The Narendra Modi-led Union government has upscaled a number of programmes with panache. One notable programme is the renewables, especially solar. While the United Progressive Alliance-II set a target of 20 gigawatt (GW) by 2022 starting from scratch, the Modi government decided to target 100GW by 2022, about five times the original target.
With regard to solar capacity addition, the view of the earlier government was—not much of technological breakthrough having happened—the way forward to reduce solar tariffs was through market forces. If setting up of substantially large capacities could be facilitated, the solar panel prices would come down resulting in lower solar tariffs. In the initial period, for a limited quantity the lowering of solar tariffs could be further assisted by blending solar power with conventional thermal power (15% of the capacities created by central public sector units is available with the central government for adhoc allocations to different states, called ‘unallocated power’). Such blending would moderate and make ‘affordable’ the purchase price for distribution companies (discoms), even while giving high tariffs to solar power generators. Given the financial condition of discoms, solar power producers in addition would require comfort that payment for the power supplied would indeed be made to them. These supply-side steps might not be sufficient to ensure buying by discoms. Hence a demand-pull would have to be put in place by mandating certain minimum purchase of solar power by discoms and a separate renewable purchase obligation (RPO) for solar would be required.
Thus the architecture for solar power development in the country was clearly laid out—a substantial ordering of solar capacity (1,000 megawatt, or MW) under Jawaharlal Nehru Solar Mission (reverse bidding was used to discover best tariffs), blending arrangement for 1,000MW solar with equivalent conventional thermal capacity, default guarantee by the government of India for 1,000MW and a separate RPO for solar (though small at 0.25% to begin with but to increase to 3% by 2022) with penalties for non-adherence.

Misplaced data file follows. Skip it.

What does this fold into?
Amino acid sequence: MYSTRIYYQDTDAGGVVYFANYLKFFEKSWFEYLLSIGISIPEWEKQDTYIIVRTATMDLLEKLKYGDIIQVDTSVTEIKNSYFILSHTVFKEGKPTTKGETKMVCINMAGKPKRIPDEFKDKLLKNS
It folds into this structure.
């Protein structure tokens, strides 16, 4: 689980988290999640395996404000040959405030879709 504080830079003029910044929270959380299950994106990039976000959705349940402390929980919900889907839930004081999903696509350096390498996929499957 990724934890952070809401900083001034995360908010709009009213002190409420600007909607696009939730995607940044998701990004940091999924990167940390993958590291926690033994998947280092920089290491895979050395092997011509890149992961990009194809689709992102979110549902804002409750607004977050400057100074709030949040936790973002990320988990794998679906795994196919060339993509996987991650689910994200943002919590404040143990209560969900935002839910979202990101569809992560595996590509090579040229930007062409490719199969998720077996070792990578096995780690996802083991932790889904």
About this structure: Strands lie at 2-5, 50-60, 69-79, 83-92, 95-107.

As targeted capacities increase, scale and volume to drive down prices will be in place. Blending was not thought of beyond the initial 1,000MW and in any case is not feasible as the volume of ‘unallocated power’ available with the government is insignificant compared with the huge solar capacities likely to be created. Again, since huge capacities are likely to be created, giving payment guarantees for all capacities created will also be infeasible. Confidence about payment for power procured among solar generators will only come from financial credibility of organisations calling for bids and with whom power purchase agreements will be signed irrespective of the retailer, namely discoms. Organisations such as NTPC Ltd will be highly attractive to solar generators, or for Solar Energy Corp. of India Ltd which is a fully-owned government enterprise and the only one dedicated to solar energy. Since this will not cover the entire gamut of capacities being attempted, the financial condition of discoms will have to be improved to give comfort to developers. On the demand side, 3% RPO for solar will not be sufficient to create the pull required and needs to be scaled up.
Thus to achieve the target of 100GW, the financial condition of discoms has to be improved and a higher solar RPO has to be mandated and enforeced.Ujwal Discom Assurance Yojana, the scheme to improve the financial condition of discoms, has been launched more than a year ago. It is to clean up the balance sheets of discoms and also provide for increasing operational efficiencies to ensure that discoms remain commercially viable.The first task has more or less been achieved. As per reports, 70% of the balance sheet of participating discoms has been cleaned up. However, not much has happened on the second task, namely, increasing operational efficiencies. If this doesn’t happen, discoms will continue to remain financially challenged and will not be able to procure and pay for the increasing solar power generation, denting the confidence of solar generators.
The government has recently mandated increased solar RPOs—for the three fiscals 2017, 2018 and 2019, the targets have been set at 2.75%, 4.75% and 6.75%, respectively. Now, it is for each state regulator to accept these targets or modify them as per the conditions of the respective state. These targets being exceptionally steep, several times what is currently in force, their acceptance is uncertain. Even if they do so, what is the certainty that they would get implemented? So far, there has been no penalty imposed by any regulator for non-compliance. Hence, unless the enforcement and compliance mechanism becomes rigorous, it is difficult to see pressure building on discoms to procure adequate solar power to meet the eventual target of solar capacity addition of 100GW.So, to achieve the ambitious target of 100GW, focus has to be on improving operational efficiencies of discoms and enforcement of compliance of solar RPOs.